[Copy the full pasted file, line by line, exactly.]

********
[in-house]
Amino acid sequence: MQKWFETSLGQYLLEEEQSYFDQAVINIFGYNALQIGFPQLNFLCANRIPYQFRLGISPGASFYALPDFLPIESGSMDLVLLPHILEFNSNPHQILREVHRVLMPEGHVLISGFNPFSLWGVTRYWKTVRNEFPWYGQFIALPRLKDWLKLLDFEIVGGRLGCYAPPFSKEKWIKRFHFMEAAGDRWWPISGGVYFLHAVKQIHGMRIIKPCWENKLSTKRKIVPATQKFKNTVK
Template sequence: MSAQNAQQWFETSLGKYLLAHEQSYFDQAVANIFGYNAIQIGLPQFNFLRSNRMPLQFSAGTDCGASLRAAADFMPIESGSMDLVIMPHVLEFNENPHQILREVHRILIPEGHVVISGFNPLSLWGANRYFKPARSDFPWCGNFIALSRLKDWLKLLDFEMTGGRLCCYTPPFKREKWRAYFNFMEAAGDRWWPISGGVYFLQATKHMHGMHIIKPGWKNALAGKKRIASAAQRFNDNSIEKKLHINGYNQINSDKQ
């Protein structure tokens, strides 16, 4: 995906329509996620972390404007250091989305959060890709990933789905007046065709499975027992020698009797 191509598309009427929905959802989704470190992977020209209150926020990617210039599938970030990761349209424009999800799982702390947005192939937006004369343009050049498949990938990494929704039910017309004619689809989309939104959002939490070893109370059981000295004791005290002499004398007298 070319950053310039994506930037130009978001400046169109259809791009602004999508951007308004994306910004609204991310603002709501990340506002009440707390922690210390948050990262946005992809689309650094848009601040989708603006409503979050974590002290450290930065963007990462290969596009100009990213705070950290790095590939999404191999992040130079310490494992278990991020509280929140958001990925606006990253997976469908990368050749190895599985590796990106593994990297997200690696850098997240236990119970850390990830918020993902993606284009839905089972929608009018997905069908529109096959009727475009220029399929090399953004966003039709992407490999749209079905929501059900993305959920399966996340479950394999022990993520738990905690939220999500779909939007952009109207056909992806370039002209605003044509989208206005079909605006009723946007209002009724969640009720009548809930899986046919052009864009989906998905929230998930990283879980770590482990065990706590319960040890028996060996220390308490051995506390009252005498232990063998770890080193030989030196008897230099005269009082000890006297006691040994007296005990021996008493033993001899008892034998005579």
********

[in-house]
Amino acid sequence: MQKWFETSLGQYLLEEEQSYFDQAVINIFGYNALQIGFPQLNFLCANRIPYQFRLGISPGASFYALPDFLPIESGSMDLVLLPHILEFNSNPHQILREVHRVLMPEGHVLISGFNPFSLWGVTRYWKTVRNEFPWYGQFIALPRLKDWLKLLDFEIVGGRLGCYAPPFSKEKWIKRFHFMEAAGDRWWPISGGVYFLHAVKQIHGMRIIKPCWENKLSTKRKIVPATQKFKNTVK
Template sequence: MSAQNAQQWFETSLGKYLLAHEQSYFDQAVANIFGYNAIQIGLPQFNFLRSNRMPLQFSAGTDCGASLRAAADFMPIESGSMDLVIMPHVLEFNENPHQILREVHRILIPEGHVVISGFNPLSLWGANRYFKPARSDFPWCGNFIALSRLKDWLKLLDFEMTGGRLCCYTPPFKREKWRAYFNFMEAAGDRWWPISGGVYFLQATKHMHGMHIIKPGWKNALAGKKRIASAAQRFNDNSIEKKLHINGYNQINSDKQ
């Protein structure tokens, strides 16, 4: 995906329509996620972390404007250091989305959060890709990933789905007046065709499975027992020698009797 191509598309009427929905959802989704470190992977020209209150926020990617210039599938970030990761349209424009999800799982702390947005192939937006004369343009050049498949990938990494929704039910017309004619689809989309939104959002939490070893109370059981000295004791005290002499004398007298 070319950053310039994506930037130009978001400046169109259809791009602004999508951007308004994306910004609204991310603002709501990340506002009440707390922690210390948050990262946005992809689309650094848009601040989708603006409503979050974590002290450290930065963007990462290969596009100009990213705070950290790095590939999404191999992040130079310490494992278990991020509280929140958001990925606006990253997976469908990368050749190895599985590796990106593994990297997200690696850098997240236990119970850390990830918020993902993606284009839905089972929608009018997905069908529109096959009727475009220029399929090399953004966003039709992407490999749209079905929501059900993305959920399966996340479950394999022990993520738990905690939220999500779909939007952009109207056909992806370039002209605003044509989208206005079909605006009723946007209002009724969640009720009548809930899986046919052009864009989906998905929230998930990283879980770590482990065990706590319960040890028996060996220390308490051995506390009252005498232990063998770890080193030989030196008897230099005269009082000890006297006691040994007296005990021996008493033993001899008892034998005579």